Thursday, October 18, 2012

Magic Items - Unique or Products of the Magi-Industrial Revolution?

Mike Mearls' article on Magic Items for D&D Next (which I commented on yesterday) brings up a whole other question, at least on the OSR side of things.

Are magic items in your campaign unique, by the book, or a combination of the two?

I know I like unique magic, both as a player and as a DM. They add flavor and mystery to the game. Back in my AD&D days, my group had the magic items tables and entries memorized - they could often figure out the item's name and powers by description alone.

Was it 2e or 3e that put "magic item shops" into the players' dictionary?

Magic weapons and armor were mostly there for the combat bonuses they gave. Intelligent swords had additional powers, but even that could seem old after a while. Besides, you can't really swap out intelligent weapons in combat, as they want to be used. (then there was that whole "ego" thing with intelligent swords taking over their masters - not good).

It is easier to run a game with generic magic items, but flavor, even in small doses, goes far. It why I do my weekly magic item posts. Unique items are certainly more time consuming than picking something out of a book or off a random table.

Do any of the clones encourage designing unique magic items for campaigns? I can't think of any at the moment.

It's interesting that making magic swords potentially unique was part of the early D&D game rules, but it seems as time and editions went on, it became more about the "numbers" and less about the "abilities and powers".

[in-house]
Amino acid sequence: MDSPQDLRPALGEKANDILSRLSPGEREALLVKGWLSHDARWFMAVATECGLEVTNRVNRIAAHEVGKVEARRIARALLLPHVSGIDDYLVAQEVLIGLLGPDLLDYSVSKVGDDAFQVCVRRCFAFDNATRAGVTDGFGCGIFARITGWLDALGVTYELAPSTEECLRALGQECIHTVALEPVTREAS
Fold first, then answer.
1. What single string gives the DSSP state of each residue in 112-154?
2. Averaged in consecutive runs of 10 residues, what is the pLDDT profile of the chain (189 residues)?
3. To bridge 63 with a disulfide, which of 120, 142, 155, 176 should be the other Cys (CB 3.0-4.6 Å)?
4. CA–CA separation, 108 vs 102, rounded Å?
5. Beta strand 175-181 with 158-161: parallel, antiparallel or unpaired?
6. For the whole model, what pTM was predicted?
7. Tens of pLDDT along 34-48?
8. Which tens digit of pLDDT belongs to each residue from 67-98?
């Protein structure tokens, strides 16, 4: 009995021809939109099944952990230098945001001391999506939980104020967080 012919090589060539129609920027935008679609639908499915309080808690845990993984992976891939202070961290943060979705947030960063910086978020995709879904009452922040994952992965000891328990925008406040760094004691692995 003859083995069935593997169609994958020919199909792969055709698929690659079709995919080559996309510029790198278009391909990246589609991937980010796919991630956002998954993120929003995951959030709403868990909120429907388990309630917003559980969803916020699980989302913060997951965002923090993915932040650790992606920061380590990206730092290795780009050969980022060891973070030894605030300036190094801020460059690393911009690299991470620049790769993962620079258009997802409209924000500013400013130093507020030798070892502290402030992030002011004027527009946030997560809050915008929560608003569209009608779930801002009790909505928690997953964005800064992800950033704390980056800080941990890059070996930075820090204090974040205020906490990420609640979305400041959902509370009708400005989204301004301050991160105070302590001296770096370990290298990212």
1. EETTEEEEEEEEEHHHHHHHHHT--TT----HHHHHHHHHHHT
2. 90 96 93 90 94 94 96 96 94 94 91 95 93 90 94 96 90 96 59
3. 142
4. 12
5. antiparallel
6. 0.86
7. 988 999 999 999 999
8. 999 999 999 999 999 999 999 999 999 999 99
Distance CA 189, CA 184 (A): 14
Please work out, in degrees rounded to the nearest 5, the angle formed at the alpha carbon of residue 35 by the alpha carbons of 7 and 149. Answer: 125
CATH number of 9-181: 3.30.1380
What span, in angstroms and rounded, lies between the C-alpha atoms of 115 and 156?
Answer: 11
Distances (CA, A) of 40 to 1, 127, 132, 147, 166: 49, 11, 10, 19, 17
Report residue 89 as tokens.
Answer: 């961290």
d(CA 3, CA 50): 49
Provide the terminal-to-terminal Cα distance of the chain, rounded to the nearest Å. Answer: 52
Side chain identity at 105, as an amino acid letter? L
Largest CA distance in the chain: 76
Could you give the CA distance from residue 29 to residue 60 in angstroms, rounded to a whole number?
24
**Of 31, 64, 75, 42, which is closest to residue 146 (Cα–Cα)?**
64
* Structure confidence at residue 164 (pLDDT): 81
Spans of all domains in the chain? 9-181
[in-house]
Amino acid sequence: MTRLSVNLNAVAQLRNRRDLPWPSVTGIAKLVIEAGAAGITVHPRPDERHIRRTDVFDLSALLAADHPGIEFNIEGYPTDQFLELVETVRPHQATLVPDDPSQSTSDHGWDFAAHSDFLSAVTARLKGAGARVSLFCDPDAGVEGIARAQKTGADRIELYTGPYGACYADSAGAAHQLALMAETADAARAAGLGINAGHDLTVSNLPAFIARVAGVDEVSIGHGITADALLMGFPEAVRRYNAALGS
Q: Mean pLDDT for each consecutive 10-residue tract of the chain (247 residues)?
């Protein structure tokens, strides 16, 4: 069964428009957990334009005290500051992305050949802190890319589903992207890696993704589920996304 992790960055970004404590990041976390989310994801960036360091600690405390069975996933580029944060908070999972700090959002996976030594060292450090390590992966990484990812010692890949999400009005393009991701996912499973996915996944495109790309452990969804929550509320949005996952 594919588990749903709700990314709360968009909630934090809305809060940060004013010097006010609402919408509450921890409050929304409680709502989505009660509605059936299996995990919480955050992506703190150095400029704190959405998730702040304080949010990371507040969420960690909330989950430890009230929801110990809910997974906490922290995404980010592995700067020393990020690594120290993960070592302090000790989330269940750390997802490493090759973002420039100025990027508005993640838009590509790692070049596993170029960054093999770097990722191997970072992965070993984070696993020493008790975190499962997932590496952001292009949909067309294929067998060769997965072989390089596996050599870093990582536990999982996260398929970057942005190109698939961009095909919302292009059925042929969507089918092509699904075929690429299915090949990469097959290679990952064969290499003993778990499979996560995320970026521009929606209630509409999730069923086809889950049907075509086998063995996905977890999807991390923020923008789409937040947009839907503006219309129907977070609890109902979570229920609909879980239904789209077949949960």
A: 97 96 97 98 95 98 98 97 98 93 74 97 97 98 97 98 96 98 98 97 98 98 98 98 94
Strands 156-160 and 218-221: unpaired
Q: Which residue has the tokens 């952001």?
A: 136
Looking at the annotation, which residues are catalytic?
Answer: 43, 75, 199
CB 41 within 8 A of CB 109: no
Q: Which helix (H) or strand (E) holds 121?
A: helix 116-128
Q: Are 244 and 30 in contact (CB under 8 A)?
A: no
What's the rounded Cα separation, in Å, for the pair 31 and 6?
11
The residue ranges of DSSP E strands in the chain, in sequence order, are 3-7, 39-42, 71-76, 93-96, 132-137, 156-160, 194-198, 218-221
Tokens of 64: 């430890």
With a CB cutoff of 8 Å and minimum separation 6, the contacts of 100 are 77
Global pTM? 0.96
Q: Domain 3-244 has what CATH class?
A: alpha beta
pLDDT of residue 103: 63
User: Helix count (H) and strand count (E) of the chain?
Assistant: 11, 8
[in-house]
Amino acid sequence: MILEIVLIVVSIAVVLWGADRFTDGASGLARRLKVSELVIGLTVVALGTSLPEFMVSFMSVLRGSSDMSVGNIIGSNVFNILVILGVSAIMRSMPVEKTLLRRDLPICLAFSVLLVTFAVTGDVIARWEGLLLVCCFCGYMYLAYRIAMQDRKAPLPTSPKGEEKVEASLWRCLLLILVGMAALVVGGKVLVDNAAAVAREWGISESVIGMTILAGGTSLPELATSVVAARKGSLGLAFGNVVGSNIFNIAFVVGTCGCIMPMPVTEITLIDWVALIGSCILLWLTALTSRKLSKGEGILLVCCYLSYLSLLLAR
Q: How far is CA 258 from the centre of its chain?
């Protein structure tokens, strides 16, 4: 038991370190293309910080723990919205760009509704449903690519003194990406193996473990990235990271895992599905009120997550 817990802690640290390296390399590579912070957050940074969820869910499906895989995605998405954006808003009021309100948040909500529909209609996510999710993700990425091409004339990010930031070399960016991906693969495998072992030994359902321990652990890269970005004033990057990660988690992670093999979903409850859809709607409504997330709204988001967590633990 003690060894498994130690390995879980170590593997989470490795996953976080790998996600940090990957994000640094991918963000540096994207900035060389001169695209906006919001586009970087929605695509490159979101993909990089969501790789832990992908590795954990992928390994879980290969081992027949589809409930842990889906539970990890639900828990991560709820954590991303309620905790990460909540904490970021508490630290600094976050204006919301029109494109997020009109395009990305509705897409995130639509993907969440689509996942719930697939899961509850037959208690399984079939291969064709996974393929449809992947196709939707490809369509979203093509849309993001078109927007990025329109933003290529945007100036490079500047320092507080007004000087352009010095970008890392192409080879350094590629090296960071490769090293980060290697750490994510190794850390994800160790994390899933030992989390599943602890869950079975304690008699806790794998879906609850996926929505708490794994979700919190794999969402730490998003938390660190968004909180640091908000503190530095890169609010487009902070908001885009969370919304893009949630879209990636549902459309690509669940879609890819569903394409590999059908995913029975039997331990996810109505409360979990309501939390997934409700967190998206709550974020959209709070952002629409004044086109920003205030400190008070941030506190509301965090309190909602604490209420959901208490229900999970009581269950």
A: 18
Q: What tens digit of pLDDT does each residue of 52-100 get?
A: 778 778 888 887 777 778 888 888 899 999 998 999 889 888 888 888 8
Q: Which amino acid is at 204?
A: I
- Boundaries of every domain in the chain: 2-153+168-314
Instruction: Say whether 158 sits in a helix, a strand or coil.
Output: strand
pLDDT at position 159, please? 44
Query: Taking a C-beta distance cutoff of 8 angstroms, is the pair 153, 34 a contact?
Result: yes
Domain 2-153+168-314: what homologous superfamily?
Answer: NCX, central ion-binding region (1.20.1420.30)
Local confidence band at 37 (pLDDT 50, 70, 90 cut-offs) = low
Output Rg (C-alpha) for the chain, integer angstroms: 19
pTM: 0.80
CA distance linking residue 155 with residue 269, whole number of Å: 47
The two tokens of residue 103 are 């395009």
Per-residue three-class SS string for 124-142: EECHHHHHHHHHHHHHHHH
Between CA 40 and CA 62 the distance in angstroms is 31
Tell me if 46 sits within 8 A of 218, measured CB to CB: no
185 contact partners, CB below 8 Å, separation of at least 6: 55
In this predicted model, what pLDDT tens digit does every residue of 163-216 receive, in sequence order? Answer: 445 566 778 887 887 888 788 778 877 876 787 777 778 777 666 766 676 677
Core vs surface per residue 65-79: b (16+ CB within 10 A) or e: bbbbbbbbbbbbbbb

I think if WotC put out a supplement focused solely on creating unique magic items, it could sell across the different editions. In the meantime, I'll go back to doing a unique item a week here on the blog ;)


  1. 2e specifically argued against the magic shop in the Option series for high level campaigns....but also introduced the Arcane in Spelljammer, so it's six of one and a half-dozen of the other.

    These days, I play DCC, and it reinforces my favourite POV -- each item is unique. I played this way even where +1 swords were concerned in earlier editions....just because more than one person can enchant a magic weapon, it never followed that the players should trust that all such weapons were the same, or that they could pick them up at MagicMart!

  2. One-shot magic items, like potions, aren't unique in my games, and can be purchased, although not at anything so gauche as a "magic item shop".

    Magic swords are always intelligent, always have additional powers, always aligned, and always have Ego.

    Other magic items are always cursed. They can still be used, but there's always some danger or drawback associated with them. I try not to let them feel "reliable".

  3. a big table of minor abilities to make +1 stuff unique would be nice - i always add little powers like makes no sound when striking. I had a player with a backpack just for his different swords - later he got a caddy

  4. Lamentations of the Flame Princess has this philosphy for both magic items and monsters. I am undecided if it is a good or a bad idea. I think it is possible to do the same with DCC.

    Clones like Swords and Wizardry's weakest point is in not revising and refiting the magic items.

  5. There was a Diablo supplement for 3e with extensive item tables like the game. + X ____ sword of ____

  6. The Savage World's Fantasy Companion has a huge section (about a quarter of the book, maybe more) filled with tables and rules on creating random and semi-random magic items.

    Not strictly Old School, but there does seem to be a good crossover between SW & OSR style.

  7. I've been trying to incorporate unique items in my games, such as some from this http://www.theskyfullofdust.co.uk/2012/08/magical-swords-a-variant-table-for-acks/

    Working well so far.


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